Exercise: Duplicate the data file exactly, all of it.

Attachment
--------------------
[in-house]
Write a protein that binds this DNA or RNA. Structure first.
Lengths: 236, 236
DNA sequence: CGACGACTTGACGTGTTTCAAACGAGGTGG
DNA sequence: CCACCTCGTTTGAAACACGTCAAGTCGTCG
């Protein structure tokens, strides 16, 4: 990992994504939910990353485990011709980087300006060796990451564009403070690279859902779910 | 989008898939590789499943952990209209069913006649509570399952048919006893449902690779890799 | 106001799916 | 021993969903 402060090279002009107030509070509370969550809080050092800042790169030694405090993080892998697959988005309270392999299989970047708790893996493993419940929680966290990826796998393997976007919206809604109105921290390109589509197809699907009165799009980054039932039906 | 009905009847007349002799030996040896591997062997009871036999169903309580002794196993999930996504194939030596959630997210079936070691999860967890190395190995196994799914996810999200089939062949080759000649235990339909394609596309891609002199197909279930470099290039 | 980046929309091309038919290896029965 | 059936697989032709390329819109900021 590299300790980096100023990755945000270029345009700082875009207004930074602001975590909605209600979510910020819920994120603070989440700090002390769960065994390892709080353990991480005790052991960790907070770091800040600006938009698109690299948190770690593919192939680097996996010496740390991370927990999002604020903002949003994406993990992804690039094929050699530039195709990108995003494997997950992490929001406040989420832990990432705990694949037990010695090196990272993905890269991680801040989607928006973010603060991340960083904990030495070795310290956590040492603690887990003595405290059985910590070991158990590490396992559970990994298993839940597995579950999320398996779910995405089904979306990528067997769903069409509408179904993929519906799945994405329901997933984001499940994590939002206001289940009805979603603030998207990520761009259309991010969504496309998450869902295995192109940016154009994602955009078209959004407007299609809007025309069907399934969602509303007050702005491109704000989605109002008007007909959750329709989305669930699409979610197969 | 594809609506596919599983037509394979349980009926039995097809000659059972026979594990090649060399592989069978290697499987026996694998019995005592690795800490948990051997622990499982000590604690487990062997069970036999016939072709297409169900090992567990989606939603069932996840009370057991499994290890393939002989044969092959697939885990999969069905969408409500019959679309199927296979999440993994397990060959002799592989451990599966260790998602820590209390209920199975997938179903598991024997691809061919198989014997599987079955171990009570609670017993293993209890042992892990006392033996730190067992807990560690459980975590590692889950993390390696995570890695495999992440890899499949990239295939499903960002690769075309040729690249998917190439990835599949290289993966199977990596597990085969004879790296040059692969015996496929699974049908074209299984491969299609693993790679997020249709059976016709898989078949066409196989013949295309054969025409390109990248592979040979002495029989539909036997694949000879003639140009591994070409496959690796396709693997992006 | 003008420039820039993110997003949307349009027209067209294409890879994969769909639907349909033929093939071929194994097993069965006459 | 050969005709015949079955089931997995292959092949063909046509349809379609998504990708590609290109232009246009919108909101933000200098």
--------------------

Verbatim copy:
[in-house]
Write a protein that binds this DNA or RNA. Structure first.
Lengths: 236, 236
DNA sequence: CGACGACTTGACGTGTTTCAAACGAGGTGG
DNA sequence: CCACCTCGTTTGAAACACGTCAAGTCGTCG
């Protein structure tokens, strides 16, 4: 990992994504939910990353485990011709980087300006060796990451564009403070690279859902779910 | 989008898939590789499943952990209209069913006649509570399952048919006893449902690779890799 | 106001799916 | 021993969903 402060090279002009107030509070509370969550809080050092800042790169030694405090993080892998697959988005309270392999299989970047708790893996493993419940929680966290990826796998393997976007919206809604109105921290390109589509197809699907009165799009980054039932039906 | 009905009847007349002799030996040896591997062997009871036999169903309580002794196993999930996504194939030596959630997210079936070691999860967890190395190995196994799914996810999200089939062949080759000649235990339909394609596309891609002199197909279930470099290039 | 980046929309091309038919290896029965 | 059936697989032709390329819109900021 590299300790980096100023990755945000270029345009700082875009207004930074602001975590909605209600979510910020819920994120603070989440700090002390769960065994390892709080353990991480005790052991960790907070770091800040600006938009698109690299948190770690593919192939680097996996010496740390991370927990999002604020903002949003994406993990992804690039094929050699530039195709990108995003494997997950992490929001406040989420832990990432705990694949037990010695090196990272993905890269991680801040989607928006973010603060991340960083904990030495070795310290956590040492603690887990003595405290059985910590070991158990590490396992559970990994298993839940597995579950999320398996779910995405089904979306990528067997769903069409509408179904993929519906799945994405329901997933984001499940994590939002206001289940009805979603603030998207990520761009259309991010969504496309998450869902295995192109940016154009994602955009078209959004407007299609809007025309069907399934969602509303007050702005491109704000989605109002008007007909959750329709989305669930699409979610197969 | 594809609506596919599983037509394979349980009926039995097809000659059972026979594990090649060399592989069978290697499987026996694998019995005592690795800490948990051997622990499982000590604690487990062997069970036999016939072709297409169900090992567990989606939603069932996840009370057991499994290890393939002989044969092959697939885990999969069905969408409500019959679309199927296979999440993994397990060959002799592989451990599966260790998602820590209390209920199975997938179903598991024997691809061919198989014997599987079955171990009570609670017993293993209890042992892990006392033996730190067992807990560690459980975590590692889950993390390696995570890695495999992440890899499949990239295939499903960002690769075309040729690249998917190439990835599949290289993966199977990596597990085969004879790296040059692969015996496929699974049908074209299984491969299609693993790679997020249709059976016709898989078949066409196989013949295309054969025409390109990248592979040979002495029989539909036997694949000879003639140009591994070409496959690796396709693997992006 | 003008420039820039993110997003949307349009027209067209294409890879994969769909639907349909033929093939071929194994097993069965006459 | 050969005709015949079955089931997995292959092949063909046509349809379609998504990708590609290109232009246009919108909101933000200098």